“People who survive Ebola can lead normal lives post-recovery, though occasionally they can suffer inflammatory conditions of the joints afterwards, according to CBS. Recovery times can vary, and so can the amount of time it takes for the virus to clear out of the system. The World Health Organization found that the virus can reside in semen for up to seven weeks after recovery. Survivors are generally assumed to be immune to the particular strain they are infected by, and are able to help tend to others infected with the same strain. What isn't clear is whether or not a person is immune to other strains of Ebola, or if their immunity will last.

As with most viral infections, patients who recover from Ebola end up with Ebola-fighting antibodies in their blood, making their blood a valuable (if controversial) treatment option for others who catch the infection. Kent Brantly, one of the most recognizable Ebola survivors, has donated more than a gallon of his blood to other patients. The plasma of his blood, which contains the antibodies, is separated out from the red blood cells, creating what’s known as a convalescent serum, which can then be given to a patient as a transfusion. The hope is that the antibodies in the serum will boost the patient’s immune response, attacking the virus, and allowing the body to recover.”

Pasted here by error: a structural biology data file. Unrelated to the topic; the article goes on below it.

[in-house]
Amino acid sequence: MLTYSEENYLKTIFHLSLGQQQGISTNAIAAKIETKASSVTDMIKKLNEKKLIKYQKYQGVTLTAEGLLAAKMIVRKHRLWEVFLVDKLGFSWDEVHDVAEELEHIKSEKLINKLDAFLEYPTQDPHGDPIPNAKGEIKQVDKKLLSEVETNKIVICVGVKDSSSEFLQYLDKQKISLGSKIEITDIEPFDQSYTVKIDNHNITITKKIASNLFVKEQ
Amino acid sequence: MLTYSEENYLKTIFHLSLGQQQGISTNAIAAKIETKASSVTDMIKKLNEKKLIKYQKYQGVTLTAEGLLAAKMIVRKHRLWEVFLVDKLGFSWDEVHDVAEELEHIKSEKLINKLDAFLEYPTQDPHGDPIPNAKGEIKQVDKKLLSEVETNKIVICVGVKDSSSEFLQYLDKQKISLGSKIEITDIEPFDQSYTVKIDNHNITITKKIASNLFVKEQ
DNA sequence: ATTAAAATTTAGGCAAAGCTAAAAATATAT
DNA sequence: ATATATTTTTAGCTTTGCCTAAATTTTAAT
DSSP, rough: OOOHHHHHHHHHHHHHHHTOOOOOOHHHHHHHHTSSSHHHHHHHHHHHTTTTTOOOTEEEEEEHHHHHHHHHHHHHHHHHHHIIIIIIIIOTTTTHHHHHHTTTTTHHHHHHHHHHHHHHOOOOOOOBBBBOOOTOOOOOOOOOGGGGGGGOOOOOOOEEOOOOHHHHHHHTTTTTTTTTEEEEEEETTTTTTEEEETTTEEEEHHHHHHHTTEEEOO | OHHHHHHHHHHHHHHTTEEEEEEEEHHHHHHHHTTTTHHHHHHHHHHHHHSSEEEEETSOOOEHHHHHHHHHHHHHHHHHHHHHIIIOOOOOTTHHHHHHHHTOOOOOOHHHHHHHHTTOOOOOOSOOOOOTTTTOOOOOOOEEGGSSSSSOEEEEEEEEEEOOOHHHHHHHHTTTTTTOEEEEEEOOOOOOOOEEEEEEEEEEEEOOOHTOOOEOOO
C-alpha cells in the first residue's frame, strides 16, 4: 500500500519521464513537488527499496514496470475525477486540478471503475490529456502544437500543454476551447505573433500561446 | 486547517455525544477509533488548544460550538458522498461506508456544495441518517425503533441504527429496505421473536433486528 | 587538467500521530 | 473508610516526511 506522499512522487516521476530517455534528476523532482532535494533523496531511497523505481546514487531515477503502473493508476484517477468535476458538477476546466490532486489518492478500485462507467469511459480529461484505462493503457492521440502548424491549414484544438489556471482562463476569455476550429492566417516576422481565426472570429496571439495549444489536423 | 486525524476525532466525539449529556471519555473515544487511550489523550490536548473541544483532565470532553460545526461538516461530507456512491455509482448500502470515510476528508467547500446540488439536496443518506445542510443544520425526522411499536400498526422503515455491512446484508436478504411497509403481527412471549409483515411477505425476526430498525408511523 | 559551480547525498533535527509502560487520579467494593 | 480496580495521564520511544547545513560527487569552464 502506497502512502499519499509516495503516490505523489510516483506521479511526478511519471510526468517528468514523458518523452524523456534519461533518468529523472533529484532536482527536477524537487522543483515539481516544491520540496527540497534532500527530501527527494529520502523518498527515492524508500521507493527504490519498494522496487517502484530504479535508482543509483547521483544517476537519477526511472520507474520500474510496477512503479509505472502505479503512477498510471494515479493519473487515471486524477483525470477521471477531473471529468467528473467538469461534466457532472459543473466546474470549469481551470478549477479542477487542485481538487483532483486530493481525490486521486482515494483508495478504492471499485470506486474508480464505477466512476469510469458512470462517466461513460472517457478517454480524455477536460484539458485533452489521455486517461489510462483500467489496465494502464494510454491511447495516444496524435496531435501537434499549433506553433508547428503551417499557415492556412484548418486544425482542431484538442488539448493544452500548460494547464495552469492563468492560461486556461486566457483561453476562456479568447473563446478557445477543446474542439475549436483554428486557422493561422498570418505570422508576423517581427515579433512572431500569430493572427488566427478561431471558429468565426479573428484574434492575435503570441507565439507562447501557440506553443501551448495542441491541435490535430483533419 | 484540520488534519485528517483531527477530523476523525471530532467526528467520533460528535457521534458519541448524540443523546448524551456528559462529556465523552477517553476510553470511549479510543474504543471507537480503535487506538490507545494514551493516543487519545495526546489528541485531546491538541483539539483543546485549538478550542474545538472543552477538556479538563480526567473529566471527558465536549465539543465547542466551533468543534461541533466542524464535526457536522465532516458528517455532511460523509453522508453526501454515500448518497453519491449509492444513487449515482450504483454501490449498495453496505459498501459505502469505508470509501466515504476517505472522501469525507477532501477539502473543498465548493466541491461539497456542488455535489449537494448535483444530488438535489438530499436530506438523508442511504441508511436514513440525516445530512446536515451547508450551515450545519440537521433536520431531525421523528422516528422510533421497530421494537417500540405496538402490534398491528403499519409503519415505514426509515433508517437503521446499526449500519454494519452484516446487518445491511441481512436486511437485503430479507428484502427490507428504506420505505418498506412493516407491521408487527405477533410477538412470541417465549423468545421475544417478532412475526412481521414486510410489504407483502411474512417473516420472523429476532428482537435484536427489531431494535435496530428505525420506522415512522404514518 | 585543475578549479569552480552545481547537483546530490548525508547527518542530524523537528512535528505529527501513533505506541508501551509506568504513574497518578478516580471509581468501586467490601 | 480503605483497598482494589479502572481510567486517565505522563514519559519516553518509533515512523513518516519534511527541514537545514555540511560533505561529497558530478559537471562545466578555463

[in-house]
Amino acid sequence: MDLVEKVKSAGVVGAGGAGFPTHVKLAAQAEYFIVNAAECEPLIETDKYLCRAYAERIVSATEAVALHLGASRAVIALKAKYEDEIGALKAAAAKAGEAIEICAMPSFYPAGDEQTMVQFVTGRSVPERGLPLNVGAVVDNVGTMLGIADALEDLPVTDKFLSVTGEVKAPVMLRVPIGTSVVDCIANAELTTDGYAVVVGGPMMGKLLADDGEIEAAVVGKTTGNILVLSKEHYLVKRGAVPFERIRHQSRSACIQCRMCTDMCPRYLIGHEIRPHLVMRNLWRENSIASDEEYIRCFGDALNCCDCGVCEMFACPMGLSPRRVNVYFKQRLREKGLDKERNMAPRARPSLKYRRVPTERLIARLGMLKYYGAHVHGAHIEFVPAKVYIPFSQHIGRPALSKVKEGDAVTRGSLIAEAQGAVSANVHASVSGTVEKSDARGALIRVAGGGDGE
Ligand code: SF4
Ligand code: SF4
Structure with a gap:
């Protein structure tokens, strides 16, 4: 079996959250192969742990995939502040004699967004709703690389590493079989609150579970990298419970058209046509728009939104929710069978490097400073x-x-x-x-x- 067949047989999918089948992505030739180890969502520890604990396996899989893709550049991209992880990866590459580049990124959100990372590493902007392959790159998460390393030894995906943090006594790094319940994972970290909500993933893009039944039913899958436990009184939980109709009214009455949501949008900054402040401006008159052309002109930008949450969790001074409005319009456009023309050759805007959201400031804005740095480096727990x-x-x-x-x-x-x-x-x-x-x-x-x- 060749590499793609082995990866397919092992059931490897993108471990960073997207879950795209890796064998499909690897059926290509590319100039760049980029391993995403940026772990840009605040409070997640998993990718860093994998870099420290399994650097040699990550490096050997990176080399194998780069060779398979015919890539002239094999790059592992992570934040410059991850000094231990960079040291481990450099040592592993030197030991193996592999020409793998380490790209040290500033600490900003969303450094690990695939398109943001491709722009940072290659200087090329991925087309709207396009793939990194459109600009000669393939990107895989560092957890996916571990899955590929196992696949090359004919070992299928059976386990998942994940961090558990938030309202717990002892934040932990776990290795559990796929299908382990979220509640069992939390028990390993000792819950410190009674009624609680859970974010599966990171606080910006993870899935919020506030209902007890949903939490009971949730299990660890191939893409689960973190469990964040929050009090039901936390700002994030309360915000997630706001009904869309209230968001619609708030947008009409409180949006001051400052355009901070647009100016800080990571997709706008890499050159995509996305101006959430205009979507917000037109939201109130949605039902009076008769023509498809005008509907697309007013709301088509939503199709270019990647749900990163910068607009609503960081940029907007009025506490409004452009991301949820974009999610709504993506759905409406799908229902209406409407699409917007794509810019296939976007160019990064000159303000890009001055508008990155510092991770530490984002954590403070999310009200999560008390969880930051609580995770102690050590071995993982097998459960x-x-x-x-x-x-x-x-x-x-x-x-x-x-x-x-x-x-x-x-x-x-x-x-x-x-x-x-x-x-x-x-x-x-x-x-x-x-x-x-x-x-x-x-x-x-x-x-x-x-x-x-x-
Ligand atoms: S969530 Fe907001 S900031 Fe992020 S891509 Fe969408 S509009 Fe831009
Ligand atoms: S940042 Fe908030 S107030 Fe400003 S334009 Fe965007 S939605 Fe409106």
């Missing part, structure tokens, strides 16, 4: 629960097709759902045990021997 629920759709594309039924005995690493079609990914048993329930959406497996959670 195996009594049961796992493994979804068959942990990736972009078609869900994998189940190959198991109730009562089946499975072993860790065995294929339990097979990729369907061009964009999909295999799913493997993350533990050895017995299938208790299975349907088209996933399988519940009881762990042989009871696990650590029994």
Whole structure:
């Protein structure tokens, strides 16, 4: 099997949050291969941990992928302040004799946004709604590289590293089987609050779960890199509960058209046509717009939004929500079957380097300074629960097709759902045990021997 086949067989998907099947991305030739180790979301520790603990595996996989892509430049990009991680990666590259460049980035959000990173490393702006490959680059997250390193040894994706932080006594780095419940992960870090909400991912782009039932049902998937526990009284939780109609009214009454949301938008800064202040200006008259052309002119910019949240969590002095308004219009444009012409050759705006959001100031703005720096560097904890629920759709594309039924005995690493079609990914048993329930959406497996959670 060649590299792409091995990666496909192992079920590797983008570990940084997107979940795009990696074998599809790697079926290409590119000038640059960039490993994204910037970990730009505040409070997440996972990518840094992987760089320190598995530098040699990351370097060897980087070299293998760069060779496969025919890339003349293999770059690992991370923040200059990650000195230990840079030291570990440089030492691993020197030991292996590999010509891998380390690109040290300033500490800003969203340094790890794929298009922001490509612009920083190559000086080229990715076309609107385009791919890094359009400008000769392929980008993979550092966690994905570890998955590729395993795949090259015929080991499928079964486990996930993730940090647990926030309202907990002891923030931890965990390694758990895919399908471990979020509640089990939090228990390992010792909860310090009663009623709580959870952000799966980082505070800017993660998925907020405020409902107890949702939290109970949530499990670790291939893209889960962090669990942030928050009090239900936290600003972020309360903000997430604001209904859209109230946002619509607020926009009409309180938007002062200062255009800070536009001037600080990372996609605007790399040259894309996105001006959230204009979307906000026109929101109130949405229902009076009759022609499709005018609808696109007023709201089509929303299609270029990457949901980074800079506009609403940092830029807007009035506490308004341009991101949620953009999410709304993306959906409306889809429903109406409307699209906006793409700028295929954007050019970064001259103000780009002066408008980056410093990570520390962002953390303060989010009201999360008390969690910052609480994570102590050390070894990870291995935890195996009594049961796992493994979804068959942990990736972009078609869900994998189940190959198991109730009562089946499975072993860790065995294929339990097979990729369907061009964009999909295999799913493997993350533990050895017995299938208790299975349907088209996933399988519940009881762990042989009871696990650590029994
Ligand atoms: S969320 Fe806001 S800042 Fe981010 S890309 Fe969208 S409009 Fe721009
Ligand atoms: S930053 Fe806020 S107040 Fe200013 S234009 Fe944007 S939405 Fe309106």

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More Hot Zone

Richard Preston is the author of the book I mentioned a few days ago, “The Hot Zone”. He has an article today in The New Yorker called, “The Ebola Wars”. He has such an interesting way of writing about diseases to bring it all down to the feeling it is right in front of you waiting to be touched (or not touched in this case). I wish we could have him communicate the real life scenario than the basic hacks from the government who make you feel like they just lie to you or want to talk down to a person. For his take on the current Ebola situation in west Africa, go here.

The most dangerous outbreak of an emerging infectious disease since the appearance of H.I.V., in the early nineteen-eighties, seems to have begun on December 6, 2013, in the village of Meliandou, in Guinea, in West Africa, with the death of a two-year-old boy who was suffering from diarrhea and a fever. We now know that he was infected with Ebola virus. The virus is a parasite that lives, normally, in some as yet unidentified creature in the ecosystems of equatorial Africa. This creature is the natural host of Ebola; it could be a type of fruit bat, or some small animal that lives on the body of a bat—possibly a bloodsucking insect, a tick, or a mite.